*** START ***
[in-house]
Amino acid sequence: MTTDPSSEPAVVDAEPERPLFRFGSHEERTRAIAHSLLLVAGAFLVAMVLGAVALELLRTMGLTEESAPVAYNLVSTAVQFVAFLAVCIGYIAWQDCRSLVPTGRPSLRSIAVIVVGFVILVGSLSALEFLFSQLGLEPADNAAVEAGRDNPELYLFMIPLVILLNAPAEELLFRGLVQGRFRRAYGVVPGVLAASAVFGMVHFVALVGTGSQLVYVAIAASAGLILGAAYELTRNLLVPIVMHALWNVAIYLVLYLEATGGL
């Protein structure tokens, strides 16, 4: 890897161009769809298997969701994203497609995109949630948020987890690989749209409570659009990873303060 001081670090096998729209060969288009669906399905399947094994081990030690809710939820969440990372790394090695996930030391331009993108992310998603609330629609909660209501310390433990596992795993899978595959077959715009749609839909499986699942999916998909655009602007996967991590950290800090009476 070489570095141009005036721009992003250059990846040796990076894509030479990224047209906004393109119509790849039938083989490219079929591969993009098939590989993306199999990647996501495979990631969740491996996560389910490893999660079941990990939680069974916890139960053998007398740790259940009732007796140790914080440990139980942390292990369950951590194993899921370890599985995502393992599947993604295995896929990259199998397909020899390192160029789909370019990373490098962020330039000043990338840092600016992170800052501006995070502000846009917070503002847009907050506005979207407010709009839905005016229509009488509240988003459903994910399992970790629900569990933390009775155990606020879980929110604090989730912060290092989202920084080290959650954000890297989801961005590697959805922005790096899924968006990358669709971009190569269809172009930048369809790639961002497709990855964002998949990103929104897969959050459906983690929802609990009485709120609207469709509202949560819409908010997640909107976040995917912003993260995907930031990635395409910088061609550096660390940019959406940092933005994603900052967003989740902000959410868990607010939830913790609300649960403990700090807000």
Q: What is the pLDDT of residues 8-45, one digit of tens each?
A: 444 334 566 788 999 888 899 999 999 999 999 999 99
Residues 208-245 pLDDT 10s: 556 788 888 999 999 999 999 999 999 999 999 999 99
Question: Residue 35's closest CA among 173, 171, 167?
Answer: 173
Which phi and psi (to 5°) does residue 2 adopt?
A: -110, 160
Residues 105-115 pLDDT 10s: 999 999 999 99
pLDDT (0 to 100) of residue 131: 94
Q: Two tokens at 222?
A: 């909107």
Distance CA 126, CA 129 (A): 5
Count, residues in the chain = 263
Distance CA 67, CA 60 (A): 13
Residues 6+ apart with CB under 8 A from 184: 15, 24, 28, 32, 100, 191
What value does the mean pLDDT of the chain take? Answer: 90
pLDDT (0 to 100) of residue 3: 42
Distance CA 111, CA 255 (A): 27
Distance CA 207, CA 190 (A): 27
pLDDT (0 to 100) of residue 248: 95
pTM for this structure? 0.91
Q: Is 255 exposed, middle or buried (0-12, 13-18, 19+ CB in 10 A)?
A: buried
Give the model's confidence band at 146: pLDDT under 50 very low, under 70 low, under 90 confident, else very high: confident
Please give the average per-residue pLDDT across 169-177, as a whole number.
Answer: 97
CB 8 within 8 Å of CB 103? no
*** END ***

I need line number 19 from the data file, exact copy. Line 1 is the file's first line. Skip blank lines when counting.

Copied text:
What value does the mean pLDDT of the chain take? Answer: 90